I sincerely thank Mike Raso, cohost of The Film Photography Podcast, for the inspiration to do this, as well as FPP fans and contributors Dan and Harry for their assistance. No longer scary, this truly was one of the most gratifying experiences in my photographic journey. I posted some other shots on my Flickr Photostream, but here is one taken at Moore State Park in Paxton, Massachusetts, with the Argus C3 Colormatic, and 100mm Argus Tele-Sandmar lens-

Scary No More- From My 1st Roll Of Home Developed Film- Moore State Park, Paxton, MA Kodak TriX, D76, Argus C3, 100mm Tele-Sandmar

Scary No More- From My 1st Roll Of Home Developed Film- Moore State Park, Paxton, MA Kodak TriX, D76, Argus C3, 100mm Tele-Sandmar

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8 thoughts on “The Darkroom- My 1st Roll Of Home Developed Film

  1. There are many ways of developing film because it isn’t as critical as many would make it out to be. Comments like, “dump the developer 10s before the end time to make sure it drains before the end” are a bit much. You can get printable/scannable results without being super temperature/concentration/time critical. If you need to have a fully repeatable process where you don’t need to tweak any printing/scanning parameters then sure if would be nice to get bang on exposures and development every time but for those of us who do this for fun, you don’t really have to be exact. Forget the stop bath, some people never use one…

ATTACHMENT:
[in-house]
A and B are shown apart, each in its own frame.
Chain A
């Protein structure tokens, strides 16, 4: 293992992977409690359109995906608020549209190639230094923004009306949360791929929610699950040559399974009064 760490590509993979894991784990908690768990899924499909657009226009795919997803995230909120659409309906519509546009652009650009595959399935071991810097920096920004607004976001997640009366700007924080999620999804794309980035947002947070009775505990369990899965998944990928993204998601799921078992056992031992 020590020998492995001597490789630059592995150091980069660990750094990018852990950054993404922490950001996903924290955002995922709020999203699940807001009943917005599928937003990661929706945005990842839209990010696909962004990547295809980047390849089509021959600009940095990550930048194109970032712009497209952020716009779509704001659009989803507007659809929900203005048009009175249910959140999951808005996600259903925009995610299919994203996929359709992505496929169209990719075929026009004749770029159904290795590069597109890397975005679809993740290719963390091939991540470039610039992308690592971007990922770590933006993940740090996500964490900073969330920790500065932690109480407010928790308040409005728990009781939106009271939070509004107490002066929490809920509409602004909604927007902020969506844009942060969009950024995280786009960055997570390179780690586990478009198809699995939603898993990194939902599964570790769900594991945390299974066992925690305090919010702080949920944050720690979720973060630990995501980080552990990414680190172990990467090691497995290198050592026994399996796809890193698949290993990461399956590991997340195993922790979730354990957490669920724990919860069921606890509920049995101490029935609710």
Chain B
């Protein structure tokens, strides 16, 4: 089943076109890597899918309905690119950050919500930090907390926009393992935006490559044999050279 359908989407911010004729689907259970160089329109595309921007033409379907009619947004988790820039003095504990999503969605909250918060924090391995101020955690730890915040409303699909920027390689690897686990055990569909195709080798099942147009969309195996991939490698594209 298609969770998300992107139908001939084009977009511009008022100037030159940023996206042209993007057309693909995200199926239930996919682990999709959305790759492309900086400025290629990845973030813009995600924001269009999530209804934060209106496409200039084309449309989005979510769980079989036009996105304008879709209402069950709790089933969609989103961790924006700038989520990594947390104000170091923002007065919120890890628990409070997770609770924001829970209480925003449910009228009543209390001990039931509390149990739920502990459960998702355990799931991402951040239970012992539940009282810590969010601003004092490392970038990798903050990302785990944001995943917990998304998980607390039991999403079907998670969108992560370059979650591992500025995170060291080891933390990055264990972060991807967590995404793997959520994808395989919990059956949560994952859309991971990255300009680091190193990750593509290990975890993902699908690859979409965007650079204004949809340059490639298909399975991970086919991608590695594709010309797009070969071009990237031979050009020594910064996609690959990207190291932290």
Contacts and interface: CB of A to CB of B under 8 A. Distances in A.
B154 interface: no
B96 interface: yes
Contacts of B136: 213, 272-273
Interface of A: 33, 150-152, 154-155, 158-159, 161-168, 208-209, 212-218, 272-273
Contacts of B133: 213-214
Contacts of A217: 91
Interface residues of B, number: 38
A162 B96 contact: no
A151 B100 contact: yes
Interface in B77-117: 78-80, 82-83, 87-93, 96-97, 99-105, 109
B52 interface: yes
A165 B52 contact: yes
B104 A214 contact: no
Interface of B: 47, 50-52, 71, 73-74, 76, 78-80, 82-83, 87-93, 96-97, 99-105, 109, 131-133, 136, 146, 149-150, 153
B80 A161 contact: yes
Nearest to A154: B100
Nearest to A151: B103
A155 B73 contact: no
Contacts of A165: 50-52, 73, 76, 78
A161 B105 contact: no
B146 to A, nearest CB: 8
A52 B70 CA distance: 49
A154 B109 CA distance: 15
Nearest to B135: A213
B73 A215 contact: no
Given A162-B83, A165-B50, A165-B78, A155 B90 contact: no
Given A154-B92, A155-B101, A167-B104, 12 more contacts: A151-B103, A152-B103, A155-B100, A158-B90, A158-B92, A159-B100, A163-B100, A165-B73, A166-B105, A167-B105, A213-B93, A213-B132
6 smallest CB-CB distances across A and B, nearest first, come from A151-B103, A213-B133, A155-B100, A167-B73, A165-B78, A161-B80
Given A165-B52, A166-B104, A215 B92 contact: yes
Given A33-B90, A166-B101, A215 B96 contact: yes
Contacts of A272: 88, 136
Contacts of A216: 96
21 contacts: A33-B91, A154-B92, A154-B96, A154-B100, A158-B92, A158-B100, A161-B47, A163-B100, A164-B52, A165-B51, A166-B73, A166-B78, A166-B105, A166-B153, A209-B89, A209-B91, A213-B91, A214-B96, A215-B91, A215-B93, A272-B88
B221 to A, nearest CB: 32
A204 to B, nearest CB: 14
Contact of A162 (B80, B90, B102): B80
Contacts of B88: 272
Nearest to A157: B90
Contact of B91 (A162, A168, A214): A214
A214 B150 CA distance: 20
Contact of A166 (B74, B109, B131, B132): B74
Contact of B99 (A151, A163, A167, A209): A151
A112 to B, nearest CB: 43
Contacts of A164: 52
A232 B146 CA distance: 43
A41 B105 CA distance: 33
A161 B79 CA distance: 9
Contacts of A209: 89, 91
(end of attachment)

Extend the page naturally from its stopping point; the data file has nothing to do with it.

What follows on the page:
It takes practice to load film properly. You’ll want to keep your reels nice and clean (I just use hot water) or else they can get a bit sticky which makes loading difficult. Also, try not to be nervous when loading the film as the sweat on your hands will also make the film stick to the reels. Silly little things…

  2. Congratulations on your anachronistic pursuit! It will give you inexplicable pleasure, indefinitely.
    I have recently built a darkroom for all black and white formats from 35mm to 4×5 sheet film. It took a year of poking and tweaking but it is in pretty full production now. My photo site at jeffbeddow.com is under construction, but many of my black and white photos are at flickr.com/zeitguy. I look forward to following your adventures. I also curate a scoop.it news feed at http://www.scoop.it/zeitghost. This blog entry will show up there today!

  3. No, I haven’t tried Caffenol; I prefer to drink my coffee! Not really that interested to be honest as chemicals are the cheapest and easiest thing to get! I can get a similar ascorbic-acid based (better for environment) developer like Kodak Xtol which costs under $10 for a 5L packet! One day when you can’t buy your own developer I’ll try to make my own but for now, developer is the cheapest, easiest to get thing for the darkroom so I’m happy to pay a few bucks for it.

  4. I’ve got some Zone 6 hypo in the plastic bags. They could be ten years old. But they look good, no discoloration or stains. Would it be safe to use it or is there any way to check it . I have at least 7 bags enough to make 7 gallons of working solution.
    Thanks.